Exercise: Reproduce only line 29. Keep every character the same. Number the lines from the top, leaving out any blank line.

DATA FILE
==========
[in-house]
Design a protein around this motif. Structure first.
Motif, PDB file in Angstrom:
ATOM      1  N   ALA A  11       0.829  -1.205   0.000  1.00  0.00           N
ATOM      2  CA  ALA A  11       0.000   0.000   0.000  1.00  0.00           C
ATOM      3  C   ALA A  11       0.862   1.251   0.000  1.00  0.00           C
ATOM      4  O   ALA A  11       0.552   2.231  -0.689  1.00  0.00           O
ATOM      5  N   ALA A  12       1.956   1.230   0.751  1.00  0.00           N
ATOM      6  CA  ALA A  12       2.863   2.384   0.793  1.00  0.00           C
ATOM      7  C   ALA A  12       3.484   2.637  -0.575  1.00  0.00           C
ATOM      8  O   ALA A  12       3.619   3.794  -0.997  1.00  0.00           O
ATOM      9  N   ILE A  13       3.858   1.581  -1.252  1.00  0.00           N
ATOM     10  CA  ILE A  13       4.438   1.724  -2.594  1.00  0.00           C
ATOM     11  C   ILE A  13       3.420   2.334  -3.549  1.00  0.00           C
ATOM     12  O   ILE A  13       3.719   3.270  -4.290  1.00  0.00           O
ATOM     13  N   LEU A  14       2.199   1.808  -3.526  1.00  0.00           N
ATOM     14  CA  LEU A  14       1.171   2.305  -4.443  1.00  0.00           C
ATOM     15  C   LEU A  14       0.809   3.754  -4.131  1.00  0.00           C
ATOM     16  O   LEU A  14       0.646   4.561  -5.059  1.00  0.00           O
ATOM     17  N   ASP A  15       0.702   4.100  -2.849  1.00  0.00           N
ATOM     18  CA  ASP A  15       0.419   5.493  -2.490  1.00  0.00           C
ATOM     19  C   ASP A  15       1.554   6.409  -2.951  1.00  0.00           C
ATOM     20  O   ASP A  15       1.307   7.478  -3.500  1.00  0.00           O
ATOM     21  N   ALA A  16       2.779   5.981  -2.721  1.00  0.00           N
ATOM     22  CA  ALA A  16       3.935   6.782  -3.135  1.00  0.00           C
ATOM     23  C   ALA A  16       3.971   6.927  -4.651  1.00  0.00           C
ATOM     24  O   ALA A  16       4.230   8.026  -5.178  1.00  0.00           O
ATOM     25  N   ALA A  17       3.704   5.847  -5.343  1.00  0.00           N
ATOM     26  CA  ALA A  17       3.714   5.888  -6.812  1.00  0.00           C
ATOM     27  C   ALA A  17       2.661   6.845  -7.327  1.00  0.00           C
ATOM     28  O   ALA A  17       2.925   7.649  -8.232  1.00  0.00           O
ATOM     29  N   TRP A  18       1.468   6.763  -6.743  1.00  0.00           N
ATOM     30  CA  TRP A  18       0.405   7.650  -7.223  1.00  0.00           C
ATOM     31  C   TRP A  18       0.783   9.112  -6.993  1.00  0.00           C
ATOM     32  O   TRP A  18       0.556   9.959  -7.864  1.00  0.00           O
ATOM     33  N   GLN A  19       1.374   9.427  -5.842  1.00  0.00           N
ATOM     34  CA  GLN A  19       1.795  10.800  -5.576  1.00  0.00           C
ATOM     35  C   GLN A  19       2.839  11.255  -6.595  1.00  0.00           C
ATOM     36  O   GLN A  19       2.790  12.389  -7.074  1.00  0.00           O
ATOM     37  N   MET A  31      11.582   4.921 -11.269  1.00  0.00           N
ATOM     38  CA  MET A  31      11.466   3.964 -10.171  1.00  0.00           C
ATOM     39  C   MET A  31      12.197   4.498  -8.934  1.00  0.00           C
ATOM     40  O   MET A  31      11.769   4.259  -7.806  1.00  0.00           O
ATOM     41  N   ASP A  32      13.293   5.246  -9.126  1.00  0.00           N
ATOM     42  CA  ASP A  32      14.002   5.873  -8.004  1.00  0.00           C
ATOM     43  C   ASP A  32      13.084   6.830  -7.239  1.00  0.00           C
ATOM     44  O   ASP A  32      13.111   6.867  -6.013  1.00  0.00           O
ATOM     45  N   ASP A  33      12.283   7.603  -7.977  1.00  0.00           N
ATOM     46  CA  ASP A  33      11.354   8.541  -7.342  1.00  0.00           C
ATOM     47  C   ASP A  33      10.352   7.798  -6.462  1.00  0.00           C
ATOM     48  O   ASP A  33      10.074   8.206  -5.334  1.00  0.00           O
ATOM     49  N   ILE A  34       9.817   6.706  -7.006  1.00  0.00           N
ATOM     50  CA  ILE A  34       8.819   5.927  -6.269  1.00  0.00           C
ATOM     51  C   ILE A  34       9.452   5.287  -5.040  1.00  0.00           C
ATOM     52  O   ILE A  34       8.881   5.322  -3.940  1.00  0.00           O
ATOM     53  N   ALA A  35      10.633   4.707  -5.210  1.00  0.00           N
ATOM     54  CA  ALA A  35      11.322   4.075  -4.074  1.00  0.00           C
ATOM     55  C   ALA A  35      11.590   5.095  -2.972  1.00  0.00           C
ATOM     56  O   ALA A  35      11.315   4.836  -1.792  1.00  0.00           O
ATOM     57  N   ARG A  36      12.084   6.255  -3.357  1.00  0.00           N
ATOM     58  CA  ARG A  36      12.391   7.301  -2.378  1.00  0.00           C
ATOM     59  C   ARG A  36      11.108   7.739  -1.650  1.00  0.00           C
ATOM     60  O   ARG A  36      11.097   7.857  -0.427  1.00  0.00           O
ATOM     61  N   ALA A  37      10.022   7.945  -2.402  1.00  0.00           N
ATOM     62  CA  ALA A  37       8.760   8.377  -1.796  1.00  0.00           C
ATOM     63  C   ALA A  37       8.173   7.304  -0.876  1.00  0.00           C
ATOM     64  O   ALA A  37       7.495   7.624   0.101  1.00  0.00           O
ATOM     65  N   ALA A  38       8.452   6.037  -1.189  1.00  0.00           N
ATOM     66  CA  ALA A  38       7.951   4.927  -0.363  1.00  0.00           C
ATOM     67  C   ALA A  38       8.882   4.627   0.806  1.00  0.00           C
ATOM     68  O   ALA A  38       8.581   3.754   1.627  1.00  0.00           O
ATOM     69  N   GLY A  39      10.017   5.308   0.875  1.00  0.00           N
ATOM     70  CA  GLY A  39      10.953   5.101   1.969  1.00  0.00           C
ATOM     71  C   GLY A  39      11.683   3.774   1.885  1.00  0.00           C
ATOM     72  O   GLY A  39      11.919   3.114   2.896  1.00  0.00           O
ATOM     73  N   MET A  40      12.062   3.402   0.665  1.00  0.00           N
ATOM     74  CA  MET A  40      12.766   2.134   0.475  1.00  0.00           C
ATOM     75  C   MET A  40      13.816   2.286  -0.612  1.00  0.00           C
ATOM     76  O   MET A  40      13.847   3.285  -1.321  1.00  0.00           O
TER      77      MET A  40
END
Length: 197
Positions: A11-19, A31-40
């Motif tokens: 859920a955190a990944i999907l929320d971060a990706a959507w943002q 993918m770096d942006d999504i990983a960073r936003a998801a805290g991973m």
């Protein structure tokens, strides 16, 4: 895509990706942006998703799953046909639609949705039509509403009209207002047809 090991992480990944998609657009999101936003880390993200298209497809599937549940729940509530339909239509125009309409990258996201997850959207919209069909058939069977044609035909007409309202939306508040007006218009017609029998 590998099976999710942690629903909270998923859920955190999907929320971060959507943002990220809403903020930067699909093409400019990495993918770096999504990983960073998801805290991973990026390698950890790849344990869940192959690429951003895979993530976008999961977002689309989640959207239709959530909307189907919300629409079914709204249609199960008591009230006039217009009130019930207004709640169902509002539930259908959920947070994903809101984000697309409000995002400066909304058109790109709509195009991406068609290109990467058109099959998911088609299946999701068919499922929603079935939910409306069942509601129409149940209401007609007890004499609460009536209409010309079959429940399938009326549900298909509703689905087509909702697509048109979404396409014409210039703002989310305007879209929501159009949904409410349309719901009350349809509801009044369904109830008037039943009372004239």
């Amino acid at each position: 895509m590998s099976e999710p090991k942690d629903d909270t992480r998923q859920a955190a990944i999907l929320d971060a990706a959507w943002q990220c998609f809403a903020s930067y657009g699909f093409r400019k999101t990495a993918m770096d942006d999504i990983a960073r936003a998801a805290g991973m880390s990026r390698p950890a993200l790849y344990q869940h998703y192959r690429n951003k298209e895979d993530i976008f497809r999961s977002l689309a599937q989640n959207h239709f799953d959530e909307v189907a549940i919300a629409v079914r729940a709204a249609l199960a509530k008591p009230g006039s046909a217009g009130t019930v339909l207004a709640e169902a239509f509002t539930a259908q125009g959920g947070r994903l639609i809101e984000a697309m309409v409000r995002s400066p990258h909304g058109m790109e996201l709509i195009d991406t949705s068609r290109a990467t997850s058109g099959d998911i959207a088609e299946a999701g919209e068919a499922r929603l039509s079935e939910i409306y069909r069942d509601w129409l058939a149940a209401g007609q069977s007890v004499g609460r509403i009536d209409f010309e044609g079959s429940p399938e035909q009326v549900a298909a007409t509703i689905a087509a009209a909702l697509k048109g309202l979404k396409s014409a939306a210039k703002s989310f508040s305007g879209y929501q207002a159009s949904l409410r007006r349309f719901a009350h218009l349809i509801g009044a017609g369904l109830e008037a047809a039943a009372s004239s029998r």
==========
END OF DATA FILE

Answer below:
ATOM     26  CA  ALA A  17       3.714   5.888  -6.812  1.00  0.00           C